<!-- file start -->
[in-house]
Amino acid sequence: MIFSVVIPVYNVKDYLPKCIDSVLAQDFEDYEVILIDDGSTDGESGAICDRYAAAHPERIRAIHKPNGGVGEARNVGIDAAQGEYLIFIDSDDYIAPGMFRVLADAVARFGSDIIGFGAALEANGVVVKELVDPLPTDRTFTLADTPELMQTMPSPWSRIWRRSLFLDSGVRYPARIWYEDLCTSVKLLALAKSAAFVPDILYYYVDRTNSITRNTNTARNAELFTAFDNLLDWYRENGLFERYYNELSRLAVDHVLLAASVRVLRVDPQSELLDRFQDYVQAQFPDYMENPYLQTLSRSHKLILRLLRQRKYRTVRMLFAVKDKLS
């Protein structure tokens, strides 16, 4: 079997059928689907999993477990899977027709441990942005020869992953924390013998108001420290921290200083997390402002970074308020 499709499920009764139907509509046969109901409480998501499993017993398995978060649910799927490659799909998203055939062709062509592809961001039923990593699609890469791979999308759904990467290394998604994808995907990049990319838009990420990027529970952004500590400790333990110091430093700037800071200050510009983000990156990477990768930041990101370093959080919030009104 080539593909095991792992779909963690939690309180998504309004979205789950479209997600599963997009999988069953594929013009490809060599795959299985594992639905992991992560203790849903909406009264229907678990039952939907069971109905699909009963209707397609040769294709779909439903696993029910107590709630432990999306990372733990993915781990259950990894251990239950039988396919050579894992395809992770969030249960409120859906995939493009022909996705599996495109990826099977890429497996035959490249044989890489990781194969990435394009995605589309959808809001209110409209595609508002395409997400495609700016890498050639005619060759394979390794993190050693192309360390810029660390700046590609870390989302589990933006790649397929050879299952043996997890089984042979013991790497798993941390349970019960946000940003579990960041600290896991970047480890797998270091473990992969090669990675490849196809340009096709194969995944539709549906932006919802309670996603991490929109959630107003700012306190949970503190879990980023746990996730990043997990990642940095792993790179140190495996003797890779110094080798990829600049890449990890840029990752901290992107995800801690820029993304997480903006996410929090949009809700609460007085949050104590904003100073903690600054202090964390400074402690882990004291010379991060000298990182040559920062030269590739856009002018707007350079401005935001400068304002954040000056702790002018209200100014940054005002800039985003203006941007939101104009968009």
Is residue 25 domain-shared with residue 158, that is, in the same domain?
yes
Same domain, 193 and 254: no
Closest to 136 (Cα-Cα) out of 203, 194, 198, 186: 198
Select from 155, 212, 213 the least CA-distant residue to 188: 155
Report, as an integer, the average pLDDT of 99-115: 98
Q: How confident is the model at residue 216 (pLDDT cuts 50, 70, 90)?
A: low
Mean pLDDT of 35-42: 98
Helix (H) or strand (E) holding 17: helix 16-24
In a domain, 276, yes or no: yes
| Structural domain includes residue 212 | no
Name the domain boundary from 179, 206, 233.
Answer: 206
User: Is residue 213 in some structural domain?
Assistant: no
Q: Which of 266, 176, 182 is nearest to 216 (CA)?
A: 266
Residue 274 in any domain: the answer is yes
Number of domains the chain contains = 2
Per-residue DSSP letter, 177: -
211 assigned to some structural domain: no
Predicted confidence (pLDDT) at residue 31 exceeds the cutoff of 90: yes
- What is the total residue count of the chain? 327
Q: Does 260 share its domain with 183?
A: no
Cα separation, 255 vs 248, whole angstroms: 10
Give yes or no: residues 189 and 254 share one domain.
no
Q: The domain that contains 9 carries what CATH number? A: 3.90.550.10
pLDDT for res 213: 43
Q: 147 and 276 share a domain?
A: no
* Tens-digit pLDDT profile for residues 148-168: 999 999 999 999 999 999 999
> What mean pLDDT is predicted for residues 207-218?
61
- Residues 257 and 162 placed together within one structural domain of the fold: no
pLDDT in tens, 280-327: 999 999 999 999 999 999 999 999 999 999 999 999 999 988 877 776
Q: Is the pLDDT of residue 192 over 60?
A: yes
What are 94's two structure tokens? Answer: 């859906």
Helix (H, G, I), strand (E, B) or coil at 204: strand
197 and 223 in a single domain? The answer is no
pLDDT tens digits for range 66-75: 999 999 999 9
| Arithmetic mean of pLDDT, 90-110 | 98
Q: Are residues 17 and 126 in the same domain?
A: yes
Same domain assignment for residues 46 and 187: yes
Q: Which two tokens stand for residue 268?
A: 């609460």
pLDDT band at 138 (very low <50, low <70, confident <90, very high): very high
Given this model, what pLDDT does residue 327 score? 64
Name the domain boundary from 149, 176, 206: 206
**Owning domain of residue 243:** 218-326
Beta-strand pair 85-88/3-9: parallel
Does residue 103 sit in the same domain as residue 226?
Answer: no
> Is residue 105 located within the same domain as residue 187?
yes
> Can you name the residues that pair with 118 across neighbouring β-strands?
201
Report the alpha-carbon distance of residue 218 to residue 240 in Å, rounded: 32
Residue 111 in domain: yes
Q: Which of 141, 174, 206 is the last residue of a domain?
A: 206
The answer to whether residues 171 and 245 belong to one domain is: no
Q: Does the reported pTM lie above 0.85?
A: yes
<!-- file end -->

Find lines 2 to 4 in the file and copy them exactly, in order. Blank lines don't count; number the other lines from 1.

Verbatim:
Amino acid sequence: MIFSVVIPVYNVKDYLPKCIDSVLAQDFEDYEVILIDDGSTDGESGAICDRYAAAHPERIRAIHKPNGGVGEARNVGIDAAQGEYLIFIDSDDYIAPGMFRVLADAVARFGSDIIGFGAALEANGVVVKELVDPLPTDRTFTLADTPELMQTMPSPWSRIWRRSLFLDSGVRYPARIWYEDLCTSVKLLALAKSAAFVPDILYYYVDRTNSITRNTNTARNAELFTAFDNLLDWYRENGLFERYYNELSRLAVDHVLLAASVRVLRVDPQSELLDRFQDYVQAQFPDYMENPYLQTLSRSHKLILRLLRQRKYRTVRMLFAVKDKLS
């Protein structure tokens, strides 16, 4: 079997059928689907999993477990899977027709441990942005020869992953924390013998108001420290921290200083997390402002970074308020 499709499920009764139907509509046969109901409480998501499993017993398995978060649910799927490659799909998203055939062709062509592809961001039923990593699609890469791979999308759904990467290394998604994808995907990049990319838009990420990027529970952004500590400790333990110091430093700037800071200050510009983000990156990477990768930041990101370093959080919030009104 080539593909095991792992779909963690939690309180998504309004979205789950479209997600599963997009999988069953594929013009490809060599795959299985594992639905992991992560203790849903909406009264229907678990039952939907069971109905699909009963209707397609040769294709779909439903696993029910107590709630432990999306990372733990993915781990259950990894251990239950039988396919050579894992395809992770969030249960409120859906995939493009022909996705599996495109990826099977890429497996035959490249044989890489990781194969990435394009995605589309959808809001209110409209595609508002395409997400495609700016890498050639005619060759394979390794993190050693192309360390810029660390700046590609870390989302589990933006790649397929050879299952043996997890089984042979013991790497798993941390349970019960946000940003579990960041600290896991970047480890797998270091473990992969090669990675490849196809340009096709194969995944539709549906932006919802309670996603991490929109959630107003700012306190949970503190879990980023746990996730990043997990990642940095792993790179140190495996003797890779110094080798990829600049890449990890840029990752901290992107995800801690820029993304997480903006996410929090949009809700609460007085949050104590904003100073903690600054202090964390400074402690882990004291010379991060000298990182040559920062030269590739856009002018707007350079401005935001400068304002954040000056702790002018209200100014940054005002800039985003203006941007939101104009968009």
Is residue 25 domain-shared with residue 158, that is, in the same domain?